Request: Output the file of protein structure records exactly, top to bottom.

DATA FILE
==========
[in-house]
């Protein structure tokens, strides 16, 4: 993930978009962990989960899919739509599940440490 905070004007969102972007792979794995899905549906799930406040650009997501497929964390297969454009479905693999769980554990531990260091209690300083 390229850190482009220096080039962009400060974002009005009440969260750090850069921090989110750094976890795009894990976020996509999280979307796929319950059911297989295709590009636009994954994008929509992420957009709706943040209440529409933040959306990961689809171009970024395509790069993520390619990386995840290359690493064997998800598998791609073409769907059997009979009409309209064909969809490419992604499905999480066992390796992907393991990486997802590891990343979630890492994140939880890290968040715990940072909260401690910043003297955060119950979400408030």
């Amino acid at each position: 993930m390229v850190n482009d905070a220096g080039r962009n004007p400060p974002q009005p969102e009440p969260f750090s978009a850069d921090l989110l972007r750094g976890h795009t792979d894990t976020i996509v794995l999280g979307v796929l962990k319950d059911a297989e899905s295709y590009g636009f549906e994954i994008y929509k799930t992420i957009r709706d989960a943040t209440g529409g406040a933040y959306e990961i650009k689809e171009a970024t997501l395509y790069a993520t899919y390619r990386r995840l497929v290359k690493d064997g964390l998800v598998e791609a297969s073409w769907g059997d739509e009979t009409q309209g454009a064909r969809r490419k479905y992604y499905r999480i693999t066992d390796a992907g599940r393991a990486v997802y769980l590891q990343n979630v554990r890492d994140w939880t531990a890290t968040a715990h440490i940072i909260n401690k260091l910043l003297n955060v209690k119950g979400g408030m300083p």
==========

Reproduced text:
[in-house]
């Protein structure tokens, strides 16, 4: 993930978009962990989960899919739509599940440490 905070004007969102972007792979794995899905549906799930406040650009997501497929964390297969454009479905693999769980554990531990260091209690300083 390229850190482009220096080039962009400060974002009005009440969260750090850069921090989110750094976890795009894990976020996509999280979307796929319950059911297989295709590009636009994954994008929509992420957009709706943040209440529409933040959306990961689809171009970024395509790069993520390619990386995840290359690493064997998800598998791609073409769907059997009979009409309209064909969809490419992604499905999480066992390796992907393991990486997802590891990343979630890492994140939880890290968040715990940072909260401690910043003297955060119950979400408030």
């Amino acid at each position: 993930m390229v850190n482009d905070a220096g080039r962009n004007p400060p974002q009005p969102e009440p969260f750090s978009a850069d921090l989110l972007r750094g976890h795009t792979d894990t976020i996509v794995l999280g979307v796929l962990k319950d059911a297989e899905s295709y590009g636009f549906e994954i994008y929509k799930t992420i957009r709706d989960a943040t209440g529409g406040a933040y959306e990961i650009k689809e171009a970024t997501l395509y790069a993520t899919y390619r990386r995840l497929v290359k690493d064997g964390l998800v598998e791609a297969s073409w769907g059997d739509e009979t009409q309209g454009a064909r969809r490419k479905y992604y499905r999480i693999t066992d390796a992907g599940r393991a990486v997802y769980l590891q990343n979630v554990r890492d994140w939880t531990a890290t968040a715990h440490i940072i909260n401690k260091l910043l003297n955060v209690k119950g979400g408030m300083p």